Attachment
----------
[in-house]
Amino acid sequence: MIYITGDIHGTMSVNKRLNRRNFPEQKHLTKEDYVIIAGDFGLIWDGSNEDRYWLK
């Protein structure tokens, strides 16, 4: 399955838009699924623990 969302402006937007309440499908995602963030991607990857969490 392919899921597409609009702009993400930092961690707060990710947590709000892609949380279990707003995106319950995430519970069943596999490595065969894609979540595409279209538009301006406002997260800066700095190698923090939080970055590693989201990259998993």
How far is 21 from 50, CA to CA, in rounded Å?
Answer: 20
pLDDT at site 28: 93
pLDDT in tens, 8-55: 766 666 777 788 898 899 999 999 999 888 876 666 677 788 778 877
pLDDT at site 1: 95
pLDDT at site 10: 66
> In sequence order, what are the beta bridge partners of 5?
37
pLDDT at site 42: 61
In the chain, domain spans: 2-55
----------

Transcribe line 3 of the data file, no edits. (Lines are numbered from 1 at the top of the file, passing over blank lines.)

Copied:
């Protein structure tokens, strides 16, 4: 399955838009699924623990 969302402006937007309440499908995602963030991607990857969490 392919899921597409609009702009993400930092961690707060990710947590709000892609949380279990707003995106319950995430519970069943596999490595065969894609979540595409279209538009301006406002997260800066700095190698923090939080970055590693989201990259998993």